Exum v. Baumrind, 210 N.C. 650 (1936)

Nov. 4, 1936 · Supreme Court of North Carolina
210 N.C. 650


(Filed 4 November, 1936.)

1. Automobiles O c: O j — Speed in excess of forty-five miles per hour on highway is prima facie negligence, but not negligence per se.

Plaintiff’s evidence tended to show that her intestate, who had owned and operated his motorcycle for only thirty days, was driving at a rate of fifty or sixty miles per hour and had just come around a curve at the time of the collision. Held.: Under the provisions of N. 0. Code, 2621 (46), such speed is prima facie evidence of negligence, but not negligence per se, and defendants’ motion to nonsuit for that plaintiff’s evidence showed contributory negligence as a matter of law was properly denied.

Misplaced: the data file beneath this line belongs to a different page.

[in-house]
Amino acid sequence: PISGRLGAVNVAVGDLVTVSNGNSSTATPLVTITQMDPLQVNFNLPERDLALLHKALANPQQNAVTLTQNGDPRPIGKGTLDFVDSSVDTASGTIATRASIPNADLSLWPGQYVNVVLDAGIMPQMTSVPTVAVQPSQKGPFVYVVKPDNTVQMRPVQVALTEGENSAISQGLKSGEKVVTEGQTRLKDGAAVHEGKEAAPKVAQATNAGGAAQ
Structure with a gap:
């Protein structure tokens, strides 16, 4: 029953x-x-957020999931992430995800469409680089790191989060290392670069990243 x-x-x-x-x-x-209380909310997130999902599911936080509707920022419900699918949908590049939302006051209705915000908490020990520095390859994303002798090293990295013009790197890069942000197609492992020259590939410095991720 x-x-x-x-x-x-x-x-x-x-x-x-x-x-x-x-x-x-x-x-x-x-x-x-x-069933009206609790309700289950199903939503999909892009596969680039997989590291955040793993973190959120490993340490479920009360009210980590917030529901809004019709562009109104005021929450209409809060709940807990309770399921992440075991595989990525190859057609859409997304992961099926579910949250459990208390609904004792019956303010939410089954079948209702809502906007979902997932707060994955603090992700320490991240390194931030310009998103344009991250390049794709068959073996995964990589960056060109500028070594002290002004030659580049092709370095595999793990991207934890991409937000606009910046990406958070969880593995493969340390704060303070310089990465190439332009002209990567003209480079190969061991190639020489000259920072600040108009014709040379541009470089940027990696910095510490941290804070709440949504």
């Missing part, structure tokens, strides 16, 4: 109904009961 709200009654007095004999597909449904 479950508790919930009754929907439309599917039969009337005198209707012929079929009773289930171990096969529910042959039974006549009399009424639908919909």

2. Appeal and Error E b—

Where the charge is not in the record, it will be presumed on appeal that appropriate instructions were given the jury.

Stacy, O. J., dissenting.

Connor, J., concurs in dissent.'

Appeal by the feme defendant from Spears, J., at June Term, Í936, of GhtEENE.


X. A. Pittman and L. I. Moore for plaintiff, appellee.

Finch, Band & Finch and Walter G. Sheppard for defendant, appellant.

Schenck, J.

This was an action for the alleged wrongful death of the plaintiff’s intestate, caused by a collision on a State Highway between a motorcycle upon which the intestate was riding and an automobile owned and driven by the appellant.

A nonsuit was entered as to the defendant N. Baumrind, from which no appeal was taken.

The action, as it related to the defendant Sadie Baumrind, was tried upon the usual issues of negligence, contributory negligence, and damage. The jury answered the issues in favor of the plaintiff, and from judgment based on the verdict the defendant Sadie Baumrind appealed, assigning as error the refusal of the court to grant her motion for judgment as in case of nonsuit made when the plaintiff had introduced her evidence and rested her case and renewed after all the evidence on both sides was in. C. S., 567.